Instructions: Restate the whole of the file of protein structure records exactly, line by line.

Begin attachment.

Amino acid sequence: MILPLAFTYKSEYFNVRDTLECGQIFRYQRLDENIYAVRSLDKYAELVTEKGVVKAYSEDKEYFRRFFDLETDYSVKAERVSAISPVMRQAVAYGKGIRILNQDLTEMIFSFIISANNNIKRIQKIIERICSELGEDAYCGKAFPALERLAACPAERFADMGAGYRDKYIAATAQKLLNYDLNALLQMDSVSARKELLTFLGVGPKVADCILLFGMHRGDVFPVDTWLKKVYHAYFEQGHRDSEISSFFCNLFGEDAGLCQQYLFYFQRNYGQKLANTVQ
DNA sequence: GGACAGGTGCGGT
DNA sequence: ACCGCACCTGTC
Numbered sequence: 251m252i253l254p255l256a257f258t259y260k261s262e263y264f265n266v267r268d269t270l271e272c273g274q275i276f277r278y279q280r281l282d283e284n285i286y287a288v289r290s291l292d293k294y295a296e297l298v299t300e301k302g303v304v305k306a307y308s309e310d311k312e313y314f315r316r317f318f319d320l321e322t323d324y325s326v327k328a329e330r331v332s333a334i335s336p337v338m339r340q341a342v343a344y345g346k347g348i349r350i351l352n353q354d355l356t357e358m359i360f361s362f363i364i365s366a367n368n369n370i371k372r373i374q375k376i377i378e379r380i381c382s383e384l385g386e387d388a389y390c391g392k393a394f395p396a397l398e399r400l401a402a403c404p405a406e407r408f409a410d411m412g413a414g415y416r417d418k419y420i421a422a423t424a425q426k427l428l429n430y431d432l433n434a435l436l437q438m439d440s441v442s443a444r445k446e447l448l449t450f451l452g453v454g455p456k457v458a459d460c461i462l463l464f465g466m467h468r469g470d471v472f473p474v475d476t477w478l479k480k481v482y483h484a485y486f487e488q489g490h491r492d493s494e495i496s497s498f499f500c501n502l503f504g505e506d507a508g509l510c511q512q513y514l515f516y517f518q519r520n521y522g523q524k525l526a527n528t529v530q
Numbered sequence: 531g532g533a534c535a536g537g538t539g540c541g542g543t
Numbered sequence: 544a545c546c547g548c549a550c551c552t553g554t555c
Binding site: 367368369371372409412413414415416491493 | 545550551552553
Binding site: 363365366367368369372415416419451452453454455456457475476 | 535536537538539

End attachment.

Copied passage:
Amino acid sequence: MILPLAFTYKSEYFNVRDTLECGQIFRYQRLDENIYAVRSLDKYAELVTEKGVVKAYSEDKEYFRRFFDLETDYSVKAERVSAISPVMRQAVAYGKGIRILNQDLTEMIFSFIISANNNIKRIQKIIERICSELGEDAYCGKAFPALERLAACPAERFADMGAGYRDKYIAATAQKLLNYDLNALLQMDSVSARKELLTFLGVGPKVADCILLFGMHRGDVFPVDTWLKKVYHAYFEQGHRDSEISSFFCNLFGEDAGLCQQYLFYFQRNYGQKLANTVQ
DNA sequence: GGACAGGTGCGGT
DNA sequence: ACCGCACCTGTC
Numbered sequence: 251m252i253l254p255l256a257f258t259y260k261s262e263y264f265n266v267r268d269t270l271e272c273g274q275i276f277r278y279q280r281l282d283e284n285i286y287a288v289r290s291l292d293k294y295a296e297l298v299t300e301k302g303v304v305k306a307y308s309e310d311k312e313y314f315r316r317f318f319d320l321e322t323d324y325s326v327k328a329e330r331v332s333a334i335s336p337v338m339r340q341a342v343a344y345g346k347g348i349r350i351l352n353q354d355l356t357e358m359i360f361s362f363i364i365s366a367n368n369n370i371k372r373i374q375k376i377i378e379r380i381c382s383e384l385g386e387d388a389y390c391g392k393a394f395p396a397l398e399r400l401a402a403c404p405a406e407r408f409a410d411m412g413a414g415y416r417d418k419y420i421a422a423t424a425q426k427l428l429n430y431d432l433n434a435l436l437q438m439d440s441v442s443a444r445k446e447l448l449t450f451l452g453v454g455p456k457v458a459d460c461i462l463l464f465g466m467h468r469g470d471v472f473p474v475d476t477w478l479k480k481v482y483h484a485y486f487e488q489g490h491r492d493s494e495i496s497s498f499f500c501n502l503f504g505e506d507a508g509l510c511q512q513y514l515f516y517f518q519r520n521y522g523q524k525l526a527n528t529v530q
Numbered sequence: 531g532g533a534c535a536g537g538t539g540c541g542g543t
Numbered sequence: 544a545c546c547g548c549a550c551c552t553g554t555c
Binding site: 367368369371372409412413414415416491493 | 545550551552553
Binding site: 363365366367368369372415416419451452453454455456457475476 | 535536537538539